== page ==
GID: Fulas deserved respect


By Edrissa Baldeh

In October 2016, Standard Newspaper editor Talib Gibran-whose writings I enjoyed reading published an essay titled “Fula-secution”. That piece hammered home an important yet pressing but worsening issue in our country. As usual, it falls on deaf ears. Neither the concern authorities nor the private citizens made sure to correct the ethnic profiling being perpetuated by the immigration department of The Gambia. Since then there have been countless social media posts and testimonies about the harassment by immigration officials towards particularly one group of people. So this begs the question, what constitute a real Gambian? What is the typical phenotype of a real Gambian? Over the years, like many people I have been keenly following the harassment of the Fulbe in the hands of immigration officers either at their posts, offices, streets, markets, private homes to name a few. Despite complaints, there have been increasing reports of harassment of Fula people by the immigration department staff on daily basis. The issue seems to be chronic within their institution which makes me believe it’s another form of systematic tribal profiling within their ranks.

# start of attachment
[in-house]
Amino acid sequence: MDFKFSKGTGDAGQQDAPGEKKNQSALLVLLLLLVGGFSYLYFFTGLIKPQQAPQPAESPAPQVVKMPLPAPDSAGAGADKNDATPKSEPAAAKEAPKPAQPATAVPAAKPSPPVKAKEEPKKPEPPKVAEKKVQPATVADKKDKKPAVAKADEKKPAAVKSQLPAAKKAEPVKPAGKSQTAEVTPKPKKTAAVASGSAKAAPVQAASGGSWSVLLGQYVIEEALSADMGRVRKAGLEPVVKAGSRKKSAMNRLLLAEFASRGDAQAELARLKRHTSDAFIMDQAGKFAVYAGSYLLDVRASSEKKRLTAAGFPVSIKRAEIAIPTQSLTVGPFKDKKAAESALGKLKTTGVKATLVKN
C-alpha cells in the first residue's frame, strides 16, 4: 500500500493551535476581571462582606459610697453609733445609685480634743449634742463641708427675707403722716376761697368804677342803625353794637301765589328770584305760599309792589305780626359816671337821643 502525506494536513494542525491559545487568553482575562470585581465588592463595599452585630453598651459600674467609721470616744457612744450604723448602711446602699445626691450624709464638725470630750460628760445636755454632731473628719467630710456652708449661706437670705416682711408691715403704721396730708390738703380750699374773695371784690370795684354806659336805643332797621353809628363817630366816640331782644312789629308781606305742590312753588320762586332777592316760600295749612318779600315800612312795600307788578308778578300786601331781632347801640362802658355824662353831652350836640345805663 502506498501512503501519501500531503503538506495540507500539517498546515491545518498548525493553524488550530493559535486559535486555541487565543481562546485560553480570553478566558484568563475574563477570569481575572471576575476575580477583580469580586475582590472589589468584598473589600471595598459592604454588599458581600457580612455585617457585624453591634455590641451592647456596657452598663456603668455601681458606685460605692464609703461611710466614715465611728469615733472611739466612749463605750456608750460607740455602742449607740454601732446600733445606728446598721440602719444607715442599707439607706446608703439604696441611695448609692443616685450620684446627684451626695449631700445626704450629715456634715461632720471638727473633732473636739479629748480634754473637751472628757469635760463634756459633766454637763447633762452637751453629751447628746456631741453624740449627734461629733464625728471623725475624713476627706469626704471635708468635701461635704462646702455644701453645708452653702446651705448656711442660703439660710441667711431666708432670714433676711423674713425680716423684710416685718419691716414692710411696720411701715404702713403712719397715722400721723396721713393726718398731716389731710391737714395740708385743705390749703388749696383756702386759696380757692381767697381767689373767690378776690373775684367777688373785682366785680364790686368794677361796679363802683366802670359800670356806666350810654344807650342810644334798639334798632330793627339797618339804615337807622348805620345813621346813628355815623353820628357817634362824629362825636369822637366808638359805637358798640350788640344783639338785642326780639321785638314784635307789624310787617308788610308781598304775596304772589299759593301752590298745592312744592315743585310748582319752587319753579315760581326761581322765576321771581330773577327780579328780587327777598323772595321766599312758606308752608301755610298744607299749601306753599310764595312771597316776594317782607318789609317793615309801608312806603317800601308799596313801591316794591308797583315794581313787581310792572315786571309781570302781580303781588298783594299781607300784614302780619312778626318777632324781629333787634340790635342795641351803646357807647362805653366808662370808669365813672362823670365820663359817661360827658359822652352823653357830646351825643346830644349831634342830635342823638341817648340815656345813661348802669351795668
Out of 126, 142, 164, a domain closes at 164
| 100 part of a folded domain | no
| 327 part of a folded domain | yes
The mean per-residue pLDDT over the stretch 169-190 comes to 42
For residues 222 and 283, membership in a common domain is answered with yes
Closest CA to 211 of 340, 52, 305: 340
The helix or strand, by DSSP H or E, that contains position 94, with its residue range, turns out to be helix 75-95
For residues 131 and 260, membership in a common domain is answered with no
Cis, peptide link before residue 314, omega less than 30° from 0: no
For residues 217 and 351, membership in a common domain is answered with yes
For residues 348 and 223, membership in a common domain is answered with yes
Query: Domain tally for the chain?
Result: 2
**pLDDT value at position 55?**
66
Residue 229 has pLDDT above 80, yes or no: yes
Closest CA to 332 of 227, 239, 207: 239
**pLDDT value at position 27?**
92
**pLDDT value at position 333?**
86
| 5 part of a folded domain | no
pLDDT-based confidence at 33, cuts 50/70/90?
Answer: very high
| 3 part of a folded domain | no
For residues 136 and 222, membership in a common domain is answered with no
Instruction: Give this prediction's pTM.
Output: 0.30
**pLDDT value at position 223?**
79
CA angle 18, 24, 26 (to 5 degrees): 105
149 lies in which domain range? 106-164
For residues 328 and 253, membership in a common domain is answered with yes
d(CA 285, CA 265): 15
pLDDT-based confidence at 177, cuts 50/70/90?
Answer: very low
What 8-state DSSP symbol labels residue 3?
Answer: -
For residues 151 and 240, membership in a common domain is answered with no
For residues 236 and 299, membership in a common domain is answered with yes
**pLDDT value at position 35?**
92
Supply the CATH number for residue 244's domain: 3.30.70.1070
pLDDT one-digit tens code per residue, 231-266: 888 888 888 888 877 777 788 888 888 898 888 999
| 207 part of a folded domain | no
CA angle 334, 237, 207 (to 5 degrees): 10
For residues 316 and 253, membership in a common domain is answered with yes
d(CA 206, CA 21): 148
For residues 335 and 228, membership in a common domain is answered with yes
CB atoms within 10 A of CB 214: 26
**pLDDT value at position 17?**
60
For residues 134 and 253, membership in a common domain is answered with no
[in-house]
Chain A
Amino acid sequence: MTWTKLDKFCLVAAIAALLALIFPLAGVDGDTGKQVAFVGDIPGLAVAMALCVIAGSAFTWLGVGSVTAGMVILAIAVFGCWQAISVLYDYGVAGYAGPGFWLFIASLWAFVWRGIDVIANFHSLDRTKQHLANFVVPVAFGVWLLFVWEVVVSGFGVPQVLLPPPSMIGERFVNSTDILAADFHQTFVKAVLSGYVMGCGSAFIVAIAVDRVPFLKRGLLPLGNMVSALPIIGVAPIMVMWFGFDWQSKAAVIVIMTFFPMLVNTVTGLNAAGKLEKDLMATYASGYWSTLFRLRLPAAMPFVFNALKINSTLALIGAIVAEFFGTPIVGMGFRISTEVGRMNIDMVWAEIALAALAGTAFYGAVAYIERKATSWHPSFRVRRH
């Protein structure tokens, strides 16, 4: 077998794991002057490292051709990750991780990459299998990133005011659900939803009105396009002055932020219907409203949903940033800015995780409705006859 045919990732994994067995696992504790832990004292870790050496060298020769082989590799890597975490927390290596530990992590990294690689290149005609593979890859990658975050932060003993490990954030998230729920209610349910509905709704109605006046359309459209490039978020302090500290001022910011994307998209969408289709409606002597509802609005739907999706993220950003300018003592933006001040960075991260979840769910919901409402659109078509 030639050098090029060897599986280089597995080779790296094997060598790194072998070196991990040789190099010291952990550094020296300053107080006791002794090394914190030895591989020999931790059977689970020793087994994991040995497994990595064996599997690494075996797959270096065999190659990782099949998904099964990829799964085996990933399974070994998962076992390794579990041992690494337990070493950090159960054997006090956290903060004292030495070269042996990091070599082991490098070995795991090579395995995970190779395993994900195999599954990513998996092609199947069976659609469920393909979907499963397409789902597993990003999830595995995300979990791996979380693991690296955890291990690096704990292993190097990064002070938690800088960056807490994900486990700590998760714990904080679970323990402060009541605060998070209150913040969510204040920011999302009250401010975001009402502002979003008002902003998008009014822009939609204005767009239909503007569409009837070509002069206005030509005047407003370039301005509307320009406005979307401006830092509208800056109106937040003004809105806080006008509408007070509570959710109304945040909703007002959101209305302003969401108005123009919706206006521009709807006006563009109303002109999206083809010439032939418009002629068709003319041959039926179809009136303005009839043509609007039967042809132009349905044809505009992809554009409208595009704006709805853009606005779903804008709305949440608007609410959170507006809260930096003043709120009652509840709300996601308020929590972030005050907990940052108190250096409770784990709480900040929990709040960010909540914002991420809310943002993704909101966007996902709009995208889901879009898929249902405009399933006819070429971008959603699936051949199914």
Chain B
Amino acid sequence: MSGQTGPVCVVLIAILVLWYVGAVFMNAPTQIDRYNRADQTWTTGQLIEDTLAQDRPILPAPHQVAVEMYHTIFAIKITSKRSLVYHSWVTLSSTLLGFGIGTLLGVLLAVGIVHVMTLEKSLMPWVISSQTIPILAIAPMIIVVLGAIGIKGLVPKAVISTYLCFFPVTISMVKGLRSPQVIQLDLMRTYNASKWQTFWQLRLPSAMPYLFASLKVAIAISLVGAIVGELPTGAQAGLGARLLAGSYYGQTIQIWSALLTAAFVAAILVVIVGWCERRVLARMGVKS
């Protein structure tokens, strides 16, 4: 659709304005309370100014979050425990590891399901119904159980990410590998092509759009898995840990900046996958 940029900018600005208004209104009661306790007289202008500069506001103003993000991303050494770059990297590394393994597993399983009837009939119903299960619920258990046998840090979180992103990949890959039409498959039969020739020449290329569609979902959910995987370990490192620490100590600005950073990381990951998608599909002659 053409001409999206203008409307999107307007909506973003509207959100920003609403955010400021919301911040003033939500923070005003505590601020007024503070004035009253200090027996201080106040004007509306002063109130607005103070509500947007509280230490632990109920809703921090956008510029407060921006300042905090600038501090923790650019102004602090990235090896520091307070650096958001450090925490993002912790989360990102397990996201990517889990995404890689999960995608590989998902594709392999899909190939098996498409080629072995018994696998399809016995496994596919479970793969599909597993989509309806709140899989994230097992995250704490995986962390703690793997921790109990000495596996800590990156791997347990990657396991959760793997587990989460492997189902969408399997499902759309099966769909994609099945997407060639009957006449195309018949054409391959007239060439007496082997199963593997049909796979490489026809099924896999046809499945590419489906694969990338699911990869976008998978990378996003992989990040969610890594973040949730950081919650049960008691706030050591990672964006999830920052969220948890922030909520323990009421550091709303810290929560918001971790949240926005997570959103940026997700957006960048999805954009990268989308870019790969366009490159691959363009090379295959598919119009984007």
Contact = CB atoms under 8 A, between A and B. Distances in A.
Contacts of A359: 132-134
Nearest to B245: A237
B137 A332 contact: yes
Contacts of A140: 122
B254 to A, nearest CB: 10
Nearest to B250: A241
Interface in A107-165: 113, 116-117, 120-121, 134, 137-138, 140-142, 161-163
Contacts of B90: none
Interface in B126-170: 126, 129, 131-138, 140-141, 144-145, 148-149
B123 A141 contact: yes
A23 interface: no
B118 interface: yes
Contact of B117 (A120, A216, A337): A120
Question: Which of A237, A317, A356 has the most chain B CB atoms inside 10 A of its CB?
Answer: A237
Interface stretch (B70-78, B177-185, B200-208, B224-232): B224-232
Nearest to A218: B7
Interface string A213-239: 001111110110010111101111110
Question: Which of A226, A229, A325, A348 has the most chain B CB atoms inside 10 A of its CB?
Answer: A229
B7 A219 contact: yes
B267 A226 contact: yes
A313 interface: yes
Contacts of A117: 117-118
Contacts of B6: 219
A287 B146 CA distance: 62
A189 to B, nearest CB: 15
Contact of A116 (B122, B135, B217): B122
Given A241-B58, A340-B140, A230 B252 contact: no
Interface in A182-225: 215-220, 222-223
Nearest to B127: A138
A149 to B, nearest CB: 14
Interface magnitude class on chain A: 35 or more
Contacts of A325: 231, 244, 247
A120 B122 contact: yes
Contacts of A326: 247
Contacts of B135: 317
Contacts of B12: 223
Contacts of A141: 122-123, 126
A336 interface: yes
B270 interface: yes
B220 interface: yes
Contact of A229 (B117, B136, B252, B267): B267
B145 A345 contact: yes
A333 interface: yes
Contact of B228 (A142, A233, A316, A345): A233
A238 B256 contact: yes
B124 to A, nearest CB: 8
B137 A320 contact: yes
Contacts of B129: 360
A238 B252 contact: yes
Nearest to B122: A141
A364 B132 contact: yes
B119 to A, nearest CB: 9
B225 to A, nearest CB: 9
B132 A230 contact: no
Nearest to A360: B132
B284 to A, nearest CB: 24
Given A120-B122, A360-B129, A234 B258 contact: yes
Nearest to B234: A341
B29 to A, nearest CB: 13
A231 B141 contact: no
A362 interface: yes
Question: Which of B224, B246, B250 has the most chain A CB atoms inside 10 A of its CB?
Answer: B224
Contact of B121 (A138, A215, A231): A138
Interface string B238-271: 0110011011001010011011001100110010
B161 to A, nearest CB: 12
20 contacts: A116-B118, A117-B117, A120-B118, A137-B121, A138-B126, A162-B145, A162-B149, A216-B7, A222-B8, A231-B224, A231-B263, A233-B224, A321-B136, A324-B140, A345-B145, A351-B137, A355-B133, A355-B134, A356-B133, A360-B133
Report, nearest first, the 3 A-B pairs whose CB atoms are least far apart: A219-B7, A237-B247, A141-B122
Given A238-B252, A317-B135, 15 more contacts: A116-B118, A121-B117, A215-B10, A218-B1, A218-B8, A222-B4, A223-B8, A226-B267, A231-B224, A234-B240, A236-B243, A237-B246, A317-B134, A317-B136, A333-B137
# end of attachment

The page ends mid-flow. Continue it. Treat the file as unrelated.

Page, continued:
Few years ago my cousin went to the immigration head office to seek for an ID card. Shockingly he was turned down and asked to provide one of his parents’ identification document. As a young Gainako who lost his mum many years ago and does not live with his dad since a toddler, it was a big dilemma for him. He has culled his cattle at the time and wanted to save the money in a bank.
He has also become a frequent traveler within the country and Casamance due to his pastoralist way of life. What’s more appalling is whilst he was asked for ‘further proof’ of citizenship, other people were given free passes. He was not the only victim; this trend has continued unabated over the years. Fulas have always been singled out in public by the immigration for baseless proof of Gambian citizenship.


Recently another young man who was dressed in the Fula traditional attire-leppi was stopped by an immigration officer who asked to see his residential permit. The young man-Muhammed Bah reach out for his Gambian passport and showed it to the officer. The officer again commanded “I want to see your residential permit”. Muhammed became infuriated. Fortunately, the colleagues of the immigration officer intervened and let him continue his way. These are not the only stories I know. There are countless other incidents which can make blood of a Poullo like me boil. A civil servant once told me he has been stopped by our immigration officials countless times in Serekunda market. He would always show his national identification document.